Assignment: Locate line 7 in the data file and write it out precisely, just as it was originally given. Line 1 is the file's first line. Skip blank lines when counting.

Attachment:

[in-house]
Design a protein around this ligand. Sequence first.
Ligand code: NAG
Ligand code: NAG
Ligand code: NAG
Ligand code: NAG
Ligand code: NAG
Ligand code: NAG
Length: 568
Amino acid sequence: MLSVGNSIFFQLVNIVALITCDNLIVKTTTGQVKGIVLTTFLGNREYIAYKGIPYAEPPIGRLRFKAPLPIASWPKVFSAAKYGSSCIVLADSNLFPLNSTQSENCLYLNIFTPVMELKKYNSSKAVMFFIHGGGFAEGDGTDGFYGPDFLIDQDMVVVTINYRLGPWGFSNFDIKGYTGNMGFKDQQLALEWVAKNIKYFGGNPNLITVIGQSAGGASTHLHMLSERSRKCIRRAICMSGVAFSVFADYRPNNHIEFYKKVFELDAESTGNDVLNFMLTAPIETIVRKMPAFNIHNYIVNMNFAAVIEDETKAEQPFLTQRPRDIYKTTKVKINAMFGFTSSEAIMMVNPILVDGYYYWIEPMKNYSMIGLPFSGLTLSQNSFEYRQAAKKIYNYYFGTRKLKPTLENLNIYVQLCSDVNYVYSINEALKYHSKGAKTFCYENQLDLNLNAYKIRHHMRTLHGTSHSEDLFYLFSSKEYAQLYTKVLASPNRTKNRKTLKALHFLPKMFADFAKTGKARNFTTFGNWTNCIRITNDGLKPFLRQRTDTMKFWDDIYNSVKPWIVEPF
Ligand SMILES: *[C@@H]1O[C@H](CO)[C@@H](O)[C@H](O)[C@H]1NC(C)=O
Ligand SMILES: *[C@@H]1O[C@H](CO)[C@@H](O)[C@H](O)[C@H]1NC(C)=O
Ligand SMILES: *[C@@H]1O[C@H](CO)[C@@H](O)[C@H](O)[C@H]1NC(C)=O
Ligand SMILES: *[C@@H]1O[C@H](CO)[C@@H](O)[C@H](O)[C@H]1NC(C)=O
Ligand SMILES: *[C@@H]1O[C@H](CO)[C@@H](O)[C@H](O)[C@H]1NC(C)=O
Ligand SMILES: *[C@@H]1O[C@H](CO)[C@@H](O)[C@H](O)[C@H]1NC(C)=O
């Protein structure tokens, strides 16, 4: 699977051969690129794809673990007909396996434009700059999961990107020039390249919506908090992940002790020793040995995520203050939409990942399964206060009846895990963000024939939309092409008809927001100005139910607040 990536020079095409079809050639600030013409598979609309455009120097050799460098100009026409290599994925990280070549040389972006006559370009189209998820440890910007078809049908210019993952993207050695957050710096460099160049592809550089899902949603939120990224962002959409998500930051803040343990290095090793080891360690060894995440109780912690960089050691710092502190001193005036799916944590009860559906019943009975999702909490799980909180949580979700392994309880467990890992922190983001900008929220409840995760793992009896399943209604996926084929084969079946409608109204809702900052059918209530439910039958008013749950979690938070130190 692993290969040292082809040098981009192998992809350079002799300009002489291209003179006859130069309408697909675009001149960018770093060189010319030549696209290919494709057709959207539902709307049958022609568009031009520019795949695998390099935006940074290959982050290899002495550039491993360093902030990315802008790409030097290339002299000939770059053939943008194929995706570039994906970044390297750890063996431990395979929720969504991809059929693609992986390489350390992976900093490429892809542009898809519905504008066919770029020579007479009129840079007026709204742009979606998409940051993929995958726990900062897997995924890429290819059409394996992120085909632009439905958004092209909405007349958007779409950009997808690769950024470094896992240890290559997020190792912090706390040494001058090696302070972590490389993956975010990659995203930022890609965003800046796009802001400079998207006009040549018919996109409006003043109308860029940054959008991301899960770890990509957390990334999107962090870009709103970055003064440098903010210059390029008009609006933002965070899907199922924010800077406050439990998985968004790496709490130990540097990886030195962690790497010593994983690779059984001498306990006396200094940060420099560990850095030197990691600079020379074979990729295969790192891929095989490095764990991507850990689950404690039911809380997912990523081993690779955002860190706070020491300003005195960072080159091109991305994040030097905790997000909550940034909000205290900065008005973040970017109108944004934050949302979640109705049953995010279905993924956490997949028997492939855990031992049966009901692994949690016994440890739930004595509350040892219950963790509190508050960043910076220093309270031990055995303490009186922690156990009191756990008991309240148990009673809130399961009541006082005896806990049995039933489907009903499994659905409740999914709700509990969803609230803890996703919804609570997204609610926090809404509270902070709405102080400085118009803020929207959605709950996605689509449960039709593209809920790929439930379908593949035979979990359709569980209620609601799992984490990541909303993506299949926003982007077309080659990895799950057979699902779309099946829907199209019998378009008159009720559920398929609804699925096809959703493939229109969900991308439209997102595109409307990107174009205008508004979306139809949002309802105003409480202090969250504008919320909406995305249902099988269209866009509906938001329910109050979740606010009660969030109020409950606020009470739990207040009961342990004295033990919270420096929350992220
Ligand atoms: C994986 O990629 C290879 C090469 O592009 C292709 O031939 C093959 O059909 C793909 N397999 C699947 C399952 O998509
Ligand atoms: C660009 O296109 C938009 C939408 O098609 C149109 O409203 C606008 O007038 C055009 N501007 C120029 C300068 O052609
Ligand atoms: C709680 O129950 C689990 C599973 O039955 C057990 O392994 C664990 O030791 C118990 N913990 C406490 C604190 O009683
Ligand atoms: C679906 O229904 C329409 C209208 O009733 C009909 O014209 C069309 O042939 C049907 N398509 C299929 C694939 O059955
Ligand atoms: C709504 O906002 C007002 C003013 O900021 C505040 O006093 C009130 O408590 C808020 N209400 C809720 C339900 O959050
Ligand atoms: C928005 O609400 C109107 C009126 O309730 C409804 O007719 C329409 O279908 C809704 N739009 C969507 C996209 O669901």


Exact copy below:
Ligand code: NAG